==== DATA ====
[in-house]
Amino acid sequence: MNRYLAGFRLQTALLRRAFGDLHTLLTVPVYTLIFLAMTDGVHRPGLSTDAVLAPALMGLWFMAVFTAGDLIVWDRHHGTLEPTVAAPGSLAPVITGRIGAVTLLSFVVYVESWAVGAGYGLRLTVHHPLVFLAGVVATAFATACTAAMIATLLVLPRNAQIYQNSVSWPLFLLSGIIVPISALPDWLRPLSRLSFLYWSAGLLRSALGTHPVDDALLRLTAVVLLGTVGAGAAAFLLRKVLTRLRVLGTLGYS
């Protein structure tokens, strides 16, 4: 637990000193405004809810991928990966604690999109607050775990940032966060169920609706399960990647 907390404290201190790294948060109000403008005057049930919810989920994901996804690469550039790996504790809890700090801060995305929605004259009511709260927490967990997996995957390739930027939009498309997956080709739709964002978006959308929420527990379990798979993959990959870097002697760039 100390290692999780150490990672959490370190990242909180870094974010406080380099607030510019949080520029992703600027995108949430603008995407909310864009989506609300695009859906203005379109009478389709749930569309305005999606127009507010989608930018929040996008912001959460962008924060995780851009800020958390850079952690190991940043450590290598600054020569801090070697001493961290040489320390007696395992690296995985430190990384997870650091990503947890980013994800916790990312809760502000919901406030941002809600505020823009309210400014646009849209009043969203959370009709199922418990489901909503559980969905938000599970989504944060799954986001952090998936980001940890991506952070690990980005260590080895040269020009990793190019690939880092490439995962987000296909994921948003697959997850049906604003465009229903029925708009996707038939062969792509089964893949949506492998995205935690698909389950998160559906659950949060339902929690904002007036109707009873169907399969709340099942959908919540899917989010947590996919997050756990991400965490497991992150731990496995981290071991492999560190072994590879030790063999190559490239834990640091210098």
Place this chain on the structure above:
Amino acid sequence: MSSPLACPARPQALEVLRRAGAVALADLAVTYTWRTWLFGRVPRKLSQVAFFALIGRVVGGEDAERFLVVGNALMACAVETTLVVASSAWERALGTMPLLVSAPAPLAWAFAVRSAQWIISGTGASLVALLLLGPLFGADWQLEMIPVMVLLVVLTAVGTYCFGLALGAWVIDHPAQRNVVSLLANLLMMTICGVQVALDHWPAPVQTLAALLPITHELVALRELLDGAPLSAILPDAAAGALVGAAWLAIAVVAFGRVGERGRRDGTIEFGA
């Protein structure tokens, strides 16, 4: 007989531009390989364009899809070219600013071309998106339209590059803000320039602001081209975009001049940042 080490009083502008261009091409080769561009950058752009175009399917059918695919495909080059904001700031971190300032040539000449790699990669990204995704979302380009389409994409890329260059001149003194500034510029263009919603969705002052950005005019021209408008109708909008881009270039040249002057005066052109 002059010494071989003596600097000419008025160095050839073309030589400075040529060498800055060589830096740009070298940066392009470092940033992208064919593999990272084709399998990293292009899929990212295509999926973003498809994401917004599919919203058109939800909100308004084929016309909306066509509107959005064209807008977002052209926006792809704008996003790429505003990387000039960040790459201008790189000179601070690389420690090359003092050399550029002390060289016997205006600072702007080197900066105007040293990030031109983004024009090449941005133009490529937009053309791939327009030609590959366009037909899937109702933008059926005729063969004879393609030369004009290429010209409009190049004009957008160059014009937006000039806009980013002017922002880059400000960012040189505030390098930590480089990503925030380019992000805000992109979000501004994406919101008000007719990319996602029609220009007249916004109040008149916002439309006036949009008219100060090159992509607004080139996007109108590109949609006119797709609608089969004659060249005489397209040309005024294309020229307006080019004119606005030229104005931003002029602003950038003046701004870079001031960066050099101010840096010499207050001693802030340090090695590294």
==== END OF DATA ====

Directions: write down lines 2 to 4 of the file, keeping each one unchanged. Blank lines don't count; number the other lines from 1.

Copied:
Amino acid sequence: MNRYLAGFRLQTALLRRAFGDLHTLLTVPVYTLIFLAMTDGVHRPGLSTDAVLAPALMGLWFMAVFTAGDLIVWDRHHGTLEPTVAAPGSLAPVITGRIGAVTLLSFVVYVESWAVGAGYGLRLTVHHPLVFLAGVVATAFATACTAAMIATLLVLPRNAQIYQNSVSWPLFLLSGIIVPISALPDWLRPLSRLSFLYWSAGLLRSALGTHPVDDALLRLTAVVLLGTVGAGAAAFLLRKVLTRLRVLGTLGYS
């Protein structure tokens, strides 16, 4: 637990000193405004809810991928990966604690999109607050775990940032966060169920609706399960990647 907390404290201190790294948060109000403008005057049930919810989920994901996804690469550039790996504790809890700090801060995305929605004259009511709260927490967990997996995957390739930027939009498309997956080709739709964002978006959308929420527990379990798979993959990959870097002697760039 100390290692999780150490990672959490370190990242909180870094974010406080380099607030510019949080520029992703600027995108949430603008995407909310864009989506609300695009859906203005379109009478389709749930569309305005999606127009507010989608930018929040996008912001959460962008924060995780851009800020958390850079952690190991940043450590290598600054020569801090070697001493961290040489320390007696395992690296995985430190990384997870650091990503947890980013994800916790990312809760502000919901406030941002809600505020823009309210400014646009849209009043969203959370009709199922418990489901909503559980969905938000599970989504944060799954986001952090998936980001940890991506952070690990980005260590080895040269020009990793190019690939880092490439995962987000296909994921948003697959997850049906604003465009229903029925708009996707038939062969792509089964893949949506492998995205935690698909389950998160559906659950949060339902929690904002007036109707009873169907399969709340099942959908919540899917989010947590996919997050756990991400965490497991992150731990496995981290071991492999560190072994590879030790063999190559490239834990640091210098």
Place this chain on the structure above: